- Validation: is the process of ensuring that a LIS operates on clean, correct and useful data. It uses “validation rules” “validation constraints”, that check for correctness, meaningfulness, and security of data that are input to the system.
- Using Blockchain distributed network allows third party users (Notaries, cadaster, bank clerks, other) to make queries of information and entities which have the required permissions, and also validate and verify the data stored in Blockchain.
Finally, with respect to efficiency we understand it to be a measure of how well you achieve things. If you are able to get more outputs from the same inputs, you are said to have increased efficiency.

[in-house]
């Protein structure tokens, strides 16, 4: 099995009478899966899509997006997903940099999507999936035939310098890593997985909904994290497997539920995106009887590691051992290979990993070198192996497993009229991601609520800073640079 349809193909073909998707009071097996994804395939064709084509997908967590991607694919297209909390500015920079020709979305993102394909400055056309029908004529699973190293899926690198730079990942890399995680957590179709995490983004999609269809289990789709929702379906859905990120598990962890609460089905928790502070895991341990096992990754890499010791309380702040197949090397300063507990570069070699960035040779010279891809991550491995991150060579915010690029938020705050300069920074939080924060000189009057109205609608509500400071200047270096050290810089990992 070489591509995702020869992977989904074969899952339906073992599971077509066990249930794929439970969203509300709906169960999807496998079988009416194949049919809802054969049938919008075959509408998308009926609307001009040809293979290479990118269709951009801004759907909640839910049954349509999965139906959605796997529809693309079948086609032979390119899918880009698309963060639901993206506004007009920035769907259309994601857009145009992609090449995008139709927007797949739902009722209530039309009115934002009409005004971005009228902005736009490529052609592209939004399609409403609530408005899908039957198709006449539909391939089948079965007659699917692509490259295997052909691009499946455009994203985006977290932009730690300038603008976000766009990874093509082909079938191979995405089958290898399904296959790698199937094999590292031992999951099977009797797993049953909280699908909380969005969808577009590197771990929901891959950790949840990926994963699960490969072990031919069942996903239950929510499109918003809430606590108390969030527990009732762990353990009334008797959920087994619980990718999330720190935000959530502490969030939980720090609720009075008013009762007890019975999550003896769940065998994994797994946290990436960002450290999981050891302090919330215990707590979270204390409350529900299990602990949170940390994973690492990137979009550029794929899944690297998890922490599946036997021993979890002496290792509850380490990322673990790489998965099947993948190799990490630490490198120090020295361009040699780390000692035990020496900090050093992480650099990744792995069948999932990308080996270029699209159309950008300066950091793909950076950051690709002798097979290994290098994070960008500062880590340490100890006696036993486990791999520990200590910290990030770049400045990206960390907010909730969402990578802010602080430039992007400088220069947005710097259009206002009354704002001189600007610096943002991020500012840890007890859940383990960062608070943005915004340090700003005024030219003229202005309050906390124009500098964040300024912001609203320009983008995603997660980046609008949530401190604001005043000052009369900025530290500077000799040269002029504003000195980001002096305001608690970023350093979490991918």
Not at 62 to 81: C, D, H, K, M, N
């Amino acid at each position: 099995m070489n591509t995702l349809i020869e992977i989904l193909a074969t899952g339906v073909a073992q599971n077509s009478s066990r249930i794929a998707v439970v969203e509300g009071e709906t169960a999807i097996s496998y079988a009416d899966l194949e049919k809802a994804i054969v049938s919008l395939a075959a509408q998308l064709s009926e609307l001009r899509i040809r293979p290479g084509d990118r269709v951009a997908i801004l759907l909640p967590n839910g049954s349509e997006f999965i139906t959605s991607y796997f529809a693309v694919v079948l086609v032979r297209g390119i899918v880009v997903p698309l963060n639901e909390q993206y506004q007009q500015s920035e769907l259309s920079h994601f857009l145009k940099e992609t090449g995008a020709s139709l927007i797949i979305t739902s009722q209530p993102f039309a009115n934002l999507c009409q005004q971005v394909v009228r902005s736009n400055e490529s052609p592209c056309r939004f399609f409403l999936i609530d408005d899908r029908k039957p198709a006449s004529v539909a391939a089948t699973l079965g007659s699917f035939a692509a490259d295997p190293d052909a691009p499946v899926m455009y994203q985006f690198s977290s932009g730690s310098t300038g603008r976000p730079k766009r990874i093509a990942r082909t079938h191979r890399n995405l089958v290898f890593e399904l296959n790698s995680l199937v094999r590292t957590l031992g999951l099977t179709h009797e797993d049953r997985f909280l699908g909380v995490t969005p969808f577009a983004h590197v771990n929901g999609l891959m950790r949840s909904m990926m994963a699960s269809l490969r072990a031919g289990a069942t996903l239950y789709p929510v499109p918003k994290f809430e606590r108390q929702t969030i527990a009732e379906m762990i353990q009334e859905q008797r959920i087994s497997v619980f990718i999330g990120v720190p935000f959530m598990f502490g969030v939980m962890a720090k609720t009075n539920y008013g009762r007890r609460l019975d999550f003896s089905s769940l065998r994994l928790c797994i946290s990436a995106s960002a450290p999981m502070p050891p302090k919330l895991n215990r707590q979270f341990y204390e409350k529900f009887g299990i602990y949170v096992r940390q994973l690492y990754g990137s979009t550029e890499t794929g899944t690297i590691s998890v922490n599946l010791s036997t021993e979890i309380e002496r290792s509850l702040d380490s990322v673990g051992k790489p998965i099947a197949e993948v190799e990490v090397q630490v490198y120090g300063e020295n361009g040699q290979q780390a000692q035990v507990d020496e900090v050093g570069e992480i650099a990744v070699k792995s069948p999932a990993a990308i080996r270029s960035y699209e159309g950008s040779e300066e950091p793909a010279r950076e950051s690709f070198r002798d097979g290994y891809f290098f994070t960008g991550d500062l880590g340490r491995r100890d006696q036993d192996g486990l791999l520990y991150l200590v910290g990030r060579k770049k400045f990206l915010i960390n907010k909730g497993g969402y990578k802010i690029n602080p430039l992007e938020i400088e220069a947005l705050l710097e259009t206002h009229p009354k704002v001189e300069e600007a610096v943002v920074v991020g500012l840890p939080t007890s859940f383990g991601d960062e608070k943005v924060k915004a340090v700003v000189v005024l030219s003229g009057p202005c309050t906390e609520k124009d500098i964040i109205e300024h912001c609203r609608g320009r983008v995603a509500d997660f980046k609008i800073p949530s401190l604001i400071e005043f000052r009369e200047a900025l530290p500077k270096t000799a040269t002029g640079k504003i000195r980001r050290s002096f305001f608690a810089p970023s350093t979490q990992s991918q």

Given these concepts, how we can we define a framework in which those concepts work together?
In order to achieve efficiency, one must have proper processes containing all the regulations or legal mandates. Each land office has its own way of doing things, and the most accurate of those processes are defined the best, and as a result, will have better results. Efficiency is also related to people (staff) responsible for applying those processes for a common goal.
What are the challenges to Blockchain in land records? This looks simple, but the reality is not as easy as many have assumed. Some challenges are:
- Amount of data – blockchain is better at transmitting small amounts of data (see statistics).
- Difficult to explain and talk about given that it is something based on functionality, it’s “behind the scenes”.
- This technology is still in its early stage of development… With some good and bad experiences on implementation.
- Blockchain transaction speed (average per second Blockchain 7 / Visa 2000)
- No roll back processes.